Keeping a journal is one of the best things you can do to record your feelings, thoughts, and memories about your pet and keep track of your grieving process. Doing so will help you work through the grief and make sense of the things happening around you.

  6. Memorialize your pet:

    Memorializing your pet can help you overcome your loss and remember the good times you had together. You can have a memorial for your pet in private or with the company of friends and family. Some people write a letter to their pet or create a photo album and leave it by an urn or their pet’s burial spot. You can memorialize your pet on his or her birthday or anytime you feel like reminiscing.

  7. Seek support:

    Many people have been in your exact shoes and know what it’s like to lose a beloved pet. Seeking support is a healthy and encouraged way to cope with the death of a pet. There are many forms of support available to grieving pet owners, including pet-loss support hotlines, pet bereavement counseling services, and online support groups with chat rooms and message boards where people can tell their story and share comforting words. Support can also come from friends and family who knew your pet and can help you hold on to the good memories.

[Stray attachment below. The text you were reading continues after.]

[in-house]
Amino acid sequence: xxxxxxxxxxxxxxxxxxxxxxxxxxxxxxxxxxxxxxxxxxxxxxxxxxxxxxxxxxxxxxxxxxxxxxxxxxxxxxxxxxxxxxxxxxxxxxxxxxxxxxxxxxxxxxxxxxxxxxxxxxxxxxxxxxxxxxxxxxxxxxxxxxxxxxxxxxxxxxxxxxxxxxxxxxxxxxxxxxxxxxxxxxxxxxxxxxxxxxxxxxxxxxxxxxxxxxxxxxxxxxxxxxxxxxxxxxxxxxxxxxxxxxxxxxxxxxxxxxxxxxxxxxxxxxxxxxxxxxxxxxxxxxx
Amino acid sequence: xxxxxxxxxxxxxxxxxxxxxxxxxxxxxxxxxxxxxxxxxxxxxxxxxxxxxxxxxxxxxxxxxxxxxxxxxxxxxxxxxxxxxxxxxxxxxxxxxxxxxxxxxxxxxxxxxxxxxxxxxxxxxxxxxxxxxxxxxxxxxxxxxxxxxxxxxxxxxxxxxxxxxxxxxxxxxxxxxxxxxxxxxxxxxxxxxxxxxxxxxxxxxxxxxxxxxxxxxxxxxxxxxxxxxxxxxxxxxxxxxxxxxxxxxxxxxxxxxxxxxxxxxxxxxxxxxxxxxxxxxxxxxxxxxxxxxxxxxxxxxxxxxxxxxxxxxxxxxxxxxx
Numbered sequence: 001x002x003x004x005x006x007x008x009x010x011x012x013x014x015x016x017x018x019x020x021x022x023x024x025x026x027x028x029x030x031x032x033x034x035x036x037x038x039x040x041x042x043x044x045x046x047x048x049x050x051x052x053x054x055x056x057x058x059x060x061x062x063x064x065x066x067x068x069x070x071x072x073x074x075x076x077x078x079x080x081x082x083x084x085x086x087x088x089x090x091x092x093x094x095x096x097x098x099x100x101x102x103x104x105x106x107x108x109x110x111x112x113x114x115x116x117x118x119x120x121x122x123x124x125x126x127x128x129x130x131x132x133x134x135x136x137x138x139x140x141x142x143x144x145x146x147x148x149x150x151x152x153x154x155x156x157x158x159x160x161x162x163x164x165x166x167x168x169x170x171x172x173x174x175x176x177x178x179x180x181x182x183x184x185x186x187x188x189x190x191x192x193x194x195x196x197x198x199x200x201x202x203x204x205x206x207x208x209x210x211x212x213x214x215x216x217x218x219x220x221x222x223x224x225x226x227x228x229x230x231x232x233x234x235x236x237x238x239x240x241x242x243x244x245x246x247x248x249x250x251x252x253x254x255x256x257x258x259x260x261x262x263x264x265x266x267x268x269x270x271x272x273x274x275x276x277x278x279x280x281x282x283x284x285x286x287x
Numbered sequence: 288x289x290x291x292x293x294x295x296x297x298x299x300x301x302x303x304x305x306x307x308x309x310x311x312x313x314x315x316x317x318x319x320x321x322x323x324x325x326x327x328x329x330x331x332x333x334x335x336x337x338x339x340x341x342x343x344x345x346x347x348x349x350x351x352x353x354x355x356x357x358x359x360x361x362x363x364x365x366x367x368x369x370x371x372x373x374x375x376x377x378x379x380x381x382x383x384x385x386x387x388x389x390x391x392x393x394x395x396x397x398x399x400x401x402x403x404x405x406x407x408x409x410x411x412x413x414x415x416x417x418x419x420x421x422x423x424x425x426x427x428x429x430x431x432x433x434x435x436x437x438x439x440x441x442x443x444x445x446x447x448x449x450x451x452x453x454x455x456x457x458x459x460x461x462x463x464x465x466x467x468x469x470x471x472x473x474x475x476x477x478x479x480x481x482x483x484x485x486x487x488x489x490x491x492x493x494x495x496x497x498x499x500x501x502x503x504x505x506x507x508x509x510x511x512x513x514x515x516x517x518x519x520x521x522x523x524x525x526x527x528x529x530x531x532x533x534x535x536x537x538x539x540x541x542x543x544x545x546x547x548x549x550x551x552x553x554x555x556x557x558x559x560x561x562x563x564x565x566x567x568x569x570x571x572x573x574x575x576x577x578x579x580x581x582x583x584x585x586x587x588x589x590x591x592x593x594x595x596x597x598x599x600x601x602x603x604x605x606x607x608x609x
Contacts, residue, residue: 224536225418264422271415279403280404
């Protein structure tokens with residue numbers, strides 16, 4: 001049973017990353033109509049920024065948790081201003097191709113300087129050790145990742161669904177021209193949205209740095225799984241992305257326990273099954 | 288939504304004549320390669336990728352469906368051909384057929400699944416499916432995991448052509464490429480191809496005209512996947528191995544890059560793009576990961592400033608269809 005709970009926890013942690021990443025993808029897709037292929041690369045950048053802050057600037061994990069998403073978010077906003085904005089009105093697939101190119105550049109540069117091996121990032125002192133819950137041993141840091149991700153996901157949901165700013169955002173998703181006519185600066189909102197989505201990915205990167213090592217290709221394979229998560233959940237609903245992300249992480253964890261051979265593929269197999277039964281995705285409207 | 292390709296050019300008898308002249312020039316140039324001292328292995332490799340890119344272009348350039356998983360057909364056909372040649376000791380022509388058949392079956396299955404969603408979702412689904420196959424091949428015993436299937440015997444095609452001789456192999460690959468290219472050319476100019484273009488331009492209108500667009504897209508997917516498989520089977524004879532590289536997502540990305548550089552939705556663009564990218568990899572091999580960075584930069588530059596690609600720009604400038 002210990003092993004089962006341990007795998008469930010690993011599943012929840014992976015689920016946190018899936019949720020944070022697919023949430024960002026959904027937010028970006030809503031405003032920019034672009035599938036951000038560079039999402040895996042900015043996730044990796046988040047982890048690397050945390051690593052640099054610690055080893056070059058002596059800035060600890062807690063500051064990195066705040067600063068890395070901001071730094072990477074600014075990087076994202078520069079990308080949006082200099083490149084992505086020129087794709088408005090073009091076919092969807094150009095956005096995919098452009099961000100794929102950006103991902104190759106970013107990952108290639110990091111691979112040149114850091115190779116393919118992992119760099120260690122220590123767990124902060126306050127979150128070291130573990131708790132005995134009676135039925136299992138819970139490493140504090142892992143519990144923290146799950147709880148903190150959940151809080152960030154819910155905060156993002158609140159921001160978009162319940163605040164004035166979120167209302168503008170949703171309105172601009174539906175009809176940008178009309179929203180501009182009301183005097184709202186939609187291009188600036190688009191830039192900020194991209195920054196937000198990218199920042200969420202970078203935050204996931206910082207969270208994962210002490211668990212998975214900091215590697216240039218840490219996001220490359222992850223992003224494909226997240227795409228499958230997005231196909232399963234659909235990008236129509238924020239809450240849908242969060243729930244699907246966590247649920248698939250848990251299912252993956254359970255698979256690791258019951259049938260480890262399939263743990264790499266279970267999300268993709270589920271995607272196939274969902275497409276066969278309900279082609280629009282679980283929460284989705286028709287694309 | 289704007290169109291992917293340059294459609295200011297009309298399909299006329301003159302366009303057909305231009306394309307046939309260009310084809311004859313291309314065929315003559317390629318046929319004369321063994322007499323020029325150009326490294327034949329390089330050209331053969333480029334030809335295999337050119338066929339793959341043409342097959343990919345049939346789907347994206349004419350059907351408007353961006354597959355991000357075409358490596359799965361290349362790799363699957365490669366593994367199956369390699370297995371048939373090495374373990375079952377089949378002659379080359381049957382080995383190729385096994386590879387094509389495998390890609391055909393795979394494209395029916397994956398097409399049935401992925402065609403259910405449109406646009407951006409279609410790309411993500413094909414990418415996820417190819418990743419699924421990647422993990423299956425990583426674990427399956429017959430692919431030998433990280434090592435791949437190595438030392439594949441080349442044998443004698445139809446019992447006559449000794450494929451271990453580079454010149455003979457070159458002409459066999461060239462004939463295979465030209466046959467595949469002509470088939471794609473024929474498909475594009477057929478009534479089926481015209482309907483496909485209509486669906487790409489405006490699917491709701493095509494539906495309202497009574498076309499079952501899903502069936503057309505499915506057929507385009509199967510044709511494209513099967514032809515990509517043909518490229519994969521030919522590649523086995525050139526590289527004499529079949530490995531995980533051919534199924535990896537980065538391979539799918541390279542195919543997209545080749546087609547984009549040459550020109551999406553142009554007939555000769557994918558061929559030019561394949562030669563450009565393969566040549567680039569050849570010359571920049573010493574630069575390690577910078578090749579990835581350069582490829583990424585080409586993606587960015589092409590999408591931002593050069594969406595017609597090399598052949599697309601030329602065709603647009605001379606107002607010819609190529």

Animal-loving writers are invited to submit their pet-related short stories with a connection to Halloween to the Petlitzer Prize Contest by October 15, 2012. Winners will be announced live on the air on the Dog Works Radio Show on Halloween Eve.

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PRLog (Press Release)Sep 26, 2012
Love animals? Love to write? Love Halloween? Animal-loving writers are invited to submit their pet-related, Halloween-themed short stories to the Petlitzer Prize Contest. “The name ‘Petlitzer Prize’ just came to me one day, as a kind of play on words, a sort of Pulitzer for animal-related works,” said multiple-award-

winning author/animal chaplain, Sid Korpi, (“Good Grief: Finding Peace After Pet Loss,” http://www.goodgriefpetloss.com, named “Best Book of the Year in the Self-Help Category” by Premier Book Awards) who came up with this contest to recognize quality efforts in writing regarding animals and celebrating the human-animal bond.

Winners will receive certificates of recognition and will have their stories read by Korpi on “Dog Works” Blog Talk Radio (http://dogworksradio.com) in early June. The first-place winner also will receive a handsome medallion.

This round of the Petlitzer Prize contest is devoted to pet-related short stories of a Halloween-themed nature. Stories may be fiction or creative nonfiction, 400–700 words in length. The deadline for submission is October 15, 2012 with winners announced live on the Dog Works Radio show on or around Halloween Eve. There is no fee for entering, but only one submission per category is allowed.